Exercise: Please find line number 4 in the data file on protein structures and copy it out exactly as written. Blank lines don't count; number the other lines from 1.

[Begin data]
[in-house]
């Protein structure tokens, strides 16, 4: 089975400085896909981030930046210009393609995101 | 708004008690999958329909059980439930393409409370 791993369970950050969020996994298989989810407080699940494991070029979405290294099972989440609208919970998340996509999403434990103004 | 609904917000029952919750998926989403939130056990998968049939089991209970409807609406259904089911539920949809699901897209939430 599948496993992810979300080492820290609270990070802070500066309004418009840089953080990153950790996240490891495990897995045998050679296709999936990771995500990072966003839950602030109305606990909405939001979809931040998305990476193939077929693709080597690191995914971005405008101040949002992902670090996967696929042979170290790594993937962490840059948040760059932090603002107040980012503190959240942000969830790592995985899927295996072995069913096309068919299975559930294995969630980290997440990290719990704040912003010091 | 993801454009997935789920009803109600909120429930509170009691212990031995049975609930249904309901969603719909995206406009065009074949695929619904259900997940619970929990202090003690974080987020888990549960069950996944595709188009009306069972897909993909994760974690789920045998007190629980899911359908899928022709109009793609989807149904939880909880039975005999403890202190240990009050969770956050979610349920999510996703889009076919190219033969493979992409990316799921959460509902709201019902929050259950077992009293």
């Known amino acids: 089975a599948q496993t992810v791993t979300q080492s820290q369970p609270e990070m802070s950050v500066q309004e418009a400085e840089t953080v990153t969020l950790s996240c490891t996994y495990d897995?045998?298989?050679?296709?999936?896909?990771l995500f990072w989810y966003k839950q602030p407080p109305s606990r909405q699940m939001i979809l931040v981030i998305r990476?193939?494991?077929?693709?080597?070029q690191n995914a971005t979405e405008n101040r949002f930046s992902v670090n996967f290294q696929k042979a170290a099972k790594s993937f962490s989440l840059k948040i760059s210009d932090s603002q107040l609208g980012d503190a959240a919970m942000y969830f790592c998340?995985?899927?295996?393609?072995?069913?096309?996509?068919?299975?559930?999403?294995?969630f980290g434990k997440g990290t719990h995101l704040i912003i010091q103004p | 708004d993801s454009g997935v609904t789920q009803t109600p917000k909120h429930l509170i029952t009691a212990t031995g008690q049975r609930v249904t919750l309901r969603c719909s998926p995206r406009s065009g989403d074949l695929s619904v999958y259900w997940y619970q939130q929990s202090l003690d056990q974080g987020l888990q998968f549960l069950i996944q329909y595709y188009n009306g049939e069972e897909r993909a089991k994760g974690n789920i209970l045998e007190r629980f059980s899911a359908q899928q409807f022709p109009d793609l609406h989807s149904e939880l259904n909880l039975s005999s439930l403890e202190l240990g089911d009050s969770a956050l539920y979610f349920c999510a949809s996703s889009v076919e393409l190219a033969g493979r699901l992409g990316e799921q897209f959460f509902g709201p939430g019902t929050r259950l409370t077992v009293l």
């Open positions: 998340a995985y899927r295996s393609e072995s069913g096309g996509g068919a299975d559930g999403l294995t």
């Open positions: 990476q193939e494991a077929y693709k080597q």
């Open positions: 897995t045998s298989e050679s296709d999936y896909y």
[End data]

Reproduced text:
């Open positions: 998340a995985y899927r295996s393609e072995s069913g096309g996509g068919a299975d559930g999403l294995t």